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Looking Back with Aurore Eaton: A grand dedication for Pulaski monument

By AURORE EATON
November 12. 2017 9:16PM
The speakers at the Pulaski Monument dedication ceremony included (far right) Warrant Officer Joseph Gladysz of the 172nd Field Artillery, New Hampshire National Guard, President of the Pulaski Memorial Statue Committee; (fourth from right) New Hampshire Governor Francis P. Murphy; and (fifth from right) Most Rev. John B. Peterson, Bishop of the Roman Catholic Diocese of Manchester. (W.P.A. photo, courtesy of the Manchester Historic Association)



It took nearly 4 years, but finally, on Sunday, Aug. 21, 1938, the beautiful equestrian monument honoring Brig. Gen. Casimir Pulaski, a beloved Polish hero of the American Revolution, was unveiled in the center of Pulaski Park in downtown Manchester.

The effort to erect the monument had begun with great enthusiasm at the city’s Pulaski Day event on Oct. 14, 1934 when the Pulaski Memorial Statue Committee was formally organized. This dedicated corps of volunteers from the local Polish American community worked diligently over many months to raise the funds needed to build the monument. The project would eventually be supported by numerous individuals and businesses, the city of Manchester, the state of New Hampshire, and United States government through the Works Progress Administration (WPA) Federal Art Project.

The monument’s creator was gifted Manchester sculptor Lucien Hyppolyte Gosselin. His full-size bronze statue of Pulaski mounted on a horse was cast by T. F. McGann & Sons Company, a foundry in Boston, Mass. The statue’s base (called the “socle”) was cut from a 42-ton block of granite from Granite State Quarries in Concord. Gosselin worked on the details of the installation with Thure Nelson, a stone expert from the Federal Art Project.

The dedication day activities began at 1:30 p.m. with one of the largest parades ever to take place in Manchester. The procession, which included about 7,000 marchers, began at the intersection of Pearl and Chestnut Streets. It headed north to Penacook Street, west to Elm Street, south to Merrimack Street, east to Union Street, north to Bridge Street, then west to Pine Street where it disbanded along the west side of Pulaski Park. It took two hours for the procession, which included 15 bands and drum corps and several drill teams, to pass by the viewing stand at City Hall.

The Manchester Leader and Evening Union newspaper reported the next day that “thousands of members of Polish American churches, societies, and clubs from several other communities throughout New Hampshire and Massachusetts joined with their Manchester brethren to do honor to the nobleman of their blood who, as a lover of liberty, gave his life in serving the cause of American independence.” A special train from Boston and a fleet of over 75 chartered buses brought the out-of-town participants to Manchester.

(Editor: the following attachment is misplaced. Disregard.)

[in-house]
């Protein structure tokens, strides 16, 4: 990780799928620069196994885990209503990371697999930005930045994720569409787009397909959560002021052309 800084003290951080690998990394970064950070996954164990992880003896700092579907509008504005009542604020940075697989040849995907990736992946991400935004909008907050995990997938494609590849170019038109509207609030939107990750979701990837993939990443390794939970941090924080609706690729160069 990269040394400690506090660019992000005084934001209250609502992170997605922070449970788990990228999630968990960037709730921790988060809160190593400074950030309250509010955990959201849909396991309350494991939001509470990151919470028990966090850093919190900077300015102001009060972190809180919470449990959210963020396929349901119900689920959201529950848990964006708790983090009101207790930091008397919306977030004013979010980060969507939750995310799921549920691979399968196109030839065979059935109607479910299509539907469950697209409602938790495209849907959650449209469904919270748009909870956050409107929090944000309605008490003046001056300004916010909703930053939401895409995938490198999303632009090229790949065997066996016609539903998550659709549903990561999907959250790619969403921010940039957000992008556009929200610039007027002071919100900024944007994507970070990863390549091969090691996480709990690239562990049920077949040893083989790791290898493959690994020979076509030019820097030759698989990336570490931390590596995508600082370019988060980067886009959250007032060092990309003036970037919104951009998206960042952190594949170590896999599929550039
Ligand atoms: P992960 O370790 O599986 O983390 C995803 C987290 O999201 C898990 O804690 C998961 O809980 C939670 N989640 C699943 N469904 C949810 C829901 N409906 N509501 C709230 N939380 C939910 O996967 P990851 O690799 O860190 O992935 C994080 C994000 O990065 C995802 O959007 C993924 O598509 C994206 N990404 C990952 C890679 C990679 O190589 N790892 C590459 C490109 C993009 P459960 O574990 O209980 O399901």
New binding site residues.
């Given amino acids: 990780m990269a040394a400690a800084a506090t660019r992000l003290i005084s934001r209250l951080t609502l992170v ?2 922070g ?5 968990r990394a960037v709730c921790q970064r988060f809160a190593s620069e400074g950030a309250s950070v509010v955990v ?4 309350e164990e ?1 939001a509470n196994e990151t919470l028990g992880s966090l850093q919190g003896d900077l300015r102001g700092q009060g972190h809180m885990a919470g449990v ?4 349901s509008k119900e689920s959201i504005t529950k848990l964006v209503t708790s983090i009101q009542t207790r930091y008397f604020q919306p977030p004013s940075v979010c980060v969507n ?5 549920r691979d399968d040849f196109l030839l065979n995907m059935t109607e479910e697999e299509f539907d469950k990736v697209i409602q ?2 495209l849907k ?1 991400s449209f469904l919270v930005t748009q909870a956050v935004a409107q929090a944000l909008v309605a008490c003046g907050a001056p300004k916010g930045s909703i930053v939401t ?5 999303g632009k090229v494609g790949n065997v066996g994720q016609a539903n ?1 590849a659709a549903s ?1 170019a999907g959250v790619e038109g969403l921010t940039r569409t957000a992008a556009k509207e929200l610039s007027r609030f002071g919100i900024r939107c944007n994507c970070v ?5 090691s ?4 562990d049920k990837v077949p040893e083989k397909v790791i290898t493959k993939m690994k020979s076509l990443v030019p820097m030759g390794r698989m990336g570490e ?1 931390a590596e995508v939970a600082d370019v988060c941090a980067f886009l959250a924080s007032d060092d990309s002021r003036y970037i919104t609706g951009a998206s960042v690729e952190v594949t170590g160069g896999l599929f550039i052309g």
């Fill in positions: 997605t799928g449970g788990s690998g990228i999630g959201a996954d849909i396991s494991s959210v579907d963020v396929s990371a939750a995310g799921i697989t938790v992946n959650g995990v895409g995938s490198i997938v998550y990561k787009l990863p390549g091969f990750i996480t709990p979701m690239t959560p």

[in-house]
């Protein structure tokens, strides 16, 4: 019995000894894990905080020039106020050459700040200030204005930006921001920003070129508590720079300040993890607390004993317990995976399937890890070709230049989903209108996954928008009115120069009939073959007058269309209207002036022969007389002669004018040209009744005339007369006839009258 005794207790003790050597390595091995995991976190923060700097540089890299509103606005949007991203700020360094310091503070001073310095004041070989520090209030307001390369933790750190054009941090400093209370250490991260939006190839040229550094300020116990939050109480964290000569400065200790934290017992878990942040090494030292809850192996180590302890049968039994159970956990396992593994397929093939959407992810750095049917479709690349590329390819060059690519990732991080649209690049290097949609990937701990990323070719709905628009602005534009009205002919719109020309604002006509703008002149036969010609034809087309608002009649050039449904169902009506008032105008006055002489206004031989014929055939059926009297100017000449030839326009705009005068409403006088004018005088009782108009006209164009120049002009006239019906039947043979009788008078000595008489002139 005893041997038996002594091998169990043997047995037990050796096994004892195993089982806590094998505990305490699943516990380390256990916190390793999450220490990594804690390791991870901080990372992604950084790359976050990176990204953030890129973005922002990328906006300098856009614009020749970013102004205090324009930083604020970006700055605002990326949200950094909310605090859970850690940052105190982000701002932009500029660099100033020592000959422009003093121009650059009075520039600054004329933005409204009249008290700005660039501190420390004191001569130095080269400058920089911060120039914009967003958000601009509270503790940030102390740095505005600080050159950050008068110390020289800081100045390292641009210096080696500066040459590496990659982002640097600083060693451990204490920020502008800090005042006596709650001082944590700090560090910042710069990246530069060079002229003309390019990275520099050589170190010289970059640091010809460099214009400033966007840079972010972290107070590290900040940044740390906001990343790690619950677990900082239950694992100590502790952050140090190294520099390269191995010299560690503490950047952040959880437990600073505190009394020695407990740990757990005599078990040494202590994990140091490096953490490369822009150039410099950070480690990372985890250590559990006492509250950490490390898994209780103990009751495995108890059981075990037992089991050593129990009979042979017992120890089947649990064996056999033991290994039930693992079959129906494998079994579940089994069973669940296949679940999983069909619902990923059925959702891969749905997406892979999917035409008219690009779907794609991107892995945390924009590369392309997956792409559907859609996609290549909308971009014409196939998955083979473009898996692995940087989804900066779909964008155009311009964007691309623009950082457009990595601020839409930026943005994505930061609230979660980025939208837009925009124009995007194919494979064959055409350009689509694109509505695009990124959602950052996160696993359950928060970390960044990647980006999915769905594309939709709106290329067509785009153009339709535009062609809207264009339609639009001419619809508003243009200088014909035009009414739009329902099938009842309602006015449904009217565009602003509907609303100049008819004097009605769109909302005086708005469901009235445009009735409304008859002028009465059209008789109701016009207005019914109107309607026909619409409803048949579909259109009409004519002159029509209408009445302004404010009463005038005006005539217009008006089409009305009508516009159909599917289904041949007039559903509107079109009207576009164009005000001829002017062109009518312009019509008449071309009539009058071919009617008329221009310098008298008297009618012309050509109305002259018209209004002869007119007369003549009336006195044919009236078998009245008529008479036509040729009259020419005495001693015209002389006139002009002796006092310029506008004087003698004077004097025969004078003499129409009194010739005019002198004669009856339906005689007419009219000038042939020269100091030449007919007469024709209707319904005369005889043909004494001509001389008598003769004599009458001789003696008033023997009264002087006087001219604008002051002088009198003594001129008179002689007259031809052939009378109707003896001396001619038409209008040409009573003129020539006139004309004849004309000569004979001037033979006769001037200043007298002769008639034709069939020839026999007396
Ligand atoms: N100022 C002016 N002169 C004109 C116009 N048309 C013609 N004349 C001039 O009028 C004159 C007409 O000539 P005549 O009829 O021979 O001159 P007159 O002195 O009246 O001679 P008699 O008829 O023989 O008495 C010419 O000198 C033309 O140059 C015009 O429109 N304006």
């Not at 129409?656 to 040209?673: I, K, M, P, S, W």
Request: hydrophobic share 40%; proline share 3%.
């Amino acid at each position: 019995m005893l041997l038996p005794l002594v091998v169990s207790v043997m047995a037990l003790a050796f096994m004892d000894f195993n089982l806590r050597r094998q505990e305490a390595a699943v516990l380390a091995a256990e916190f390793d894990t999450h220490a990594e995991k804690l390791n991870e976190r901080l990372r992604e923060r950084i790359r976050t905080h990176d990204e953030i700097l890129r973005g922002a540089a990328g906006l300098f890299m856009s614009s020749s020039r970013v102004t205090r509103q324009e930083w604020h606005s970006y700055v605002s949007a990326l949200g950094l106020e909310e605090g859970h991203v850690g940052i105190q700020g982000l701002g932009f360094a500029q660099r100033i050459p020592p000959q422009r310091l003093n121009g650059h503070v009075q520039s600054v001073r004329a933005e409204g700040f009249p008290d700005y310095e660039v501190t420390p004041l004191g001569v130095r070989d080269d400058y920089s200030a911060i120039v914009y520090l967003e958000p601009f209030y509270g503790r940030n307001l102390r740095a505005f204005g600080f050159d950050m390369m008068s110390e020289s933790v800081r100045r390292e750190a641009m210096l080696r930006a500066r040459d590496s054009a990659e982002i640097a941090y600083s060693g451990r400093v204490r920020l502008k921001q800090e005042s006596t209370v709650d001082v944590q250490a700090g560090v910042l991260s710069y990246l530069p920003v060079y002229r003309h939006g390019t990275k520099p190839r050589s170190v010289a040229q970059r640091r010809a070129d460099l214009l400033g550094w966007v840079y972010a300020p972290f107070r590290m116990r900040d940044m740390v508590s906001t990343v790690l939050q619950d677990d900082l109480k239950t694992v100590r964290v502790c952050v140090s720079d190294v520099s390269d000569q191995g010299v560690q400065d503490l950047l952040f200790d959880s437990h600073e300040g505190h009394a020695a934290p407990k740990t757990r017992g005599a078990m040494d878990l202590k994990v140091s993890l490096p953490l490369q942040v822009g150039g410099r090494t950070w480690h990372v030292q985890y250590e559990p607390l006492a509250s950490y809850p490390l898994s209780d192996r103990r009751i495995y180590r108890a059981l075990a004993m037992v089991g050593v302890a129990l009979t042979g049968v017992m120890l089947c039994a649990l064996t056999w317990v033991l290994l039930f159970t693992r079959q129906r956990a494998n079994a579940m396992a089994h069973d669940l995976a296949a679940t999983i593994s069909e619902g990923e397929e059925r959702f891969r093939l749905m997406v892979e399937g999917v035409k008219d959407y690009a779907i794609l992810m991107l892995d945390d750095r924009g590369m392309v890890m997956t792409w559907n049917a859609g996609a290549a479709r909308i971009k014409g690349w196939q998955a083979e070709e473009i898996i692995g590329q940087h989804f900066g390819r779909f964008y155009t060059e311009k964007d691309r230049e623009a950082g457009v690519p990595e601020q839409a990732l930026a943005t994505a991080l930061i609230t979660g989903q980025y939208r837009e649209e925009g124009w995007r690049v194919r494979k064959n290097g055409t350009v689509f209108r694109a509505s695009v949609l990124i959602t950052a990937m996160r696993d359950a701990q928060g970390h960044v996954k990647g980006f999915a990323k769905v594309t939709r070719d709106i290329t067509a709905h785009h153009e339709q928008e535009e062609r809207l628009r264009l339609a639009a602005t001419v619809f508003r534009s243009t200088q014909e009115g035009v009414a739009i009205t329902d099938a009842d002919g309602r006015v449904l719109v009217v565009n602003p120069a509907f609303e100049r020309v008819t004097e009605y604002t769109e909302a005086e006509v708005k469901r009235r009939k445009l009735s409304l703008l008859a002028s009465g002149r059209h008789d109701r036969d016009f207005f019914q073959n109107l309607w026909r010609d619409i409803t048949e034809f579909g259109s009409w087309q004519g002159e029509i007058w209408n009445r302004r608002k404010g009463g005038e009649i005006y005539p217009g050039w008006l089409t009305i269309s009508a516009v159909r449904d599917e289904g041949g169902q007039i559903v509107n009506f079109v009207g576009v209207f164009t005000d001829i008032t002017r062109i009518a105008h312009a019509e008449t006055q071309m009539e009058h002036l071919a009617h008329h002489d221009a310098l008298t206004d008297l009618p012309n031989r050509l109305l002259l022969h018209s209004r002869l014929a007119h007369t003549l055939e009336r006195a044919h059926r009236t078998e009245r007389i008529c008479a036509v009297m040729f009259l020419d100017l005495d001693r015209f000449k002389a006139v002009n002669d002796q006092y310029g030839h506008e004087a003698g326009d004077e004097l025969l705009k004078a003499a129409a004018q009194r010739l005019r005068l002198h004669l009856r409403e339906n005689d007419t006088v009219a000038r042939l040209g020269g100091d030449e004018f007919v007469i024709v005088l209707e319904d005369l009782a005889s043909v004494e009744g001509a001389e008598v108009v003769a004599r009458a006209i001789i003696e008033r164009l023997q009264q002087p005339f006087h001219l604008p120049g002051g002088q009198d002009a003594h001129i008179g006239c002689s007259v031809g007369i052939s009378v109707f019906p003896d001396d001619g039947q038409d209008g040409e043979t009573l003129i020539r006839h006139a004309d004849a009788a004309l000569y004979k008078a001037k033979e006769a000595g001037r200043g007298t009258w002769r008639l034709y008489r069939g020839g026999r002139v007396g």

The 172nd Field Artillery of the New Hampshire National Guard, based in Manchester, marched in the parade, as well as hundreds of war veterans. The newspaper reported that children from Manchester’s St. Casimir School paraded in Uncle Sam costumes, and that an “all-girl drum corps from Lynn, Mass., also added color to the parade and was popular with spectators, of whom many proved to be candid camera fans.” Also, there were “many delegations of women and young girls garbed in the picturesque costumes of the various provinces of Poland, and Polish World War I veterans who served either in the Polish volunteer corps or in one of the Allied armies. Included in this group was Pulaski Post, American Legion, of South Boston …” A highlight of the parade was a float depicting George Washington and Brig. Gen. Pulaski seated at the foot of the goddess of liberty.

After the parade, about 10,000 people crowded into Pulaski Park for the dedication ceremony. Joseph Gladysz, president of the Pulaski Memorial Statue Committee, served as master of ceremonies. Gladysz, a local businessman, was a military band leader and the Warrant Officer of the 172nd Field Artillery. Rev. Bronislaw Krupski, pastor of Holy Trinity Polish National Church of Manchester gave the invocation, and Rev. John Puchala of St. Hedwig Roman Catholic Church performed the dedication rites. Accepting the monument on behalf of the city was Alderman Daniel F. Cronin, as Mayor Damase Caron was unable to attend. Among the speakers were New Hampshire Gov. Francis Murphy; Most Reverend John B. Peterson, Roman Catholic Bishop of Manchester; and Col. John Wasilewski, representative of the Polish government who delivered his remarks in both Polish and English.

When introduced during the dedication ceremony, Lucien Gosselin was warmly applauded for his great artistic accomplishment, and he received a similarly sincere show of appreciation at the celebratory banquet held that evening at the Carpenter Hotel in downtown Manchester.

Next week: The legacy of Manchester’s Brig. Gen. Casimir Pulaski Monument.

Aurore Eaton is a historian and writer in Manchester, contact her at auroreeaton@aol.com or at www.facebook.com/AuroreEatonWriter.


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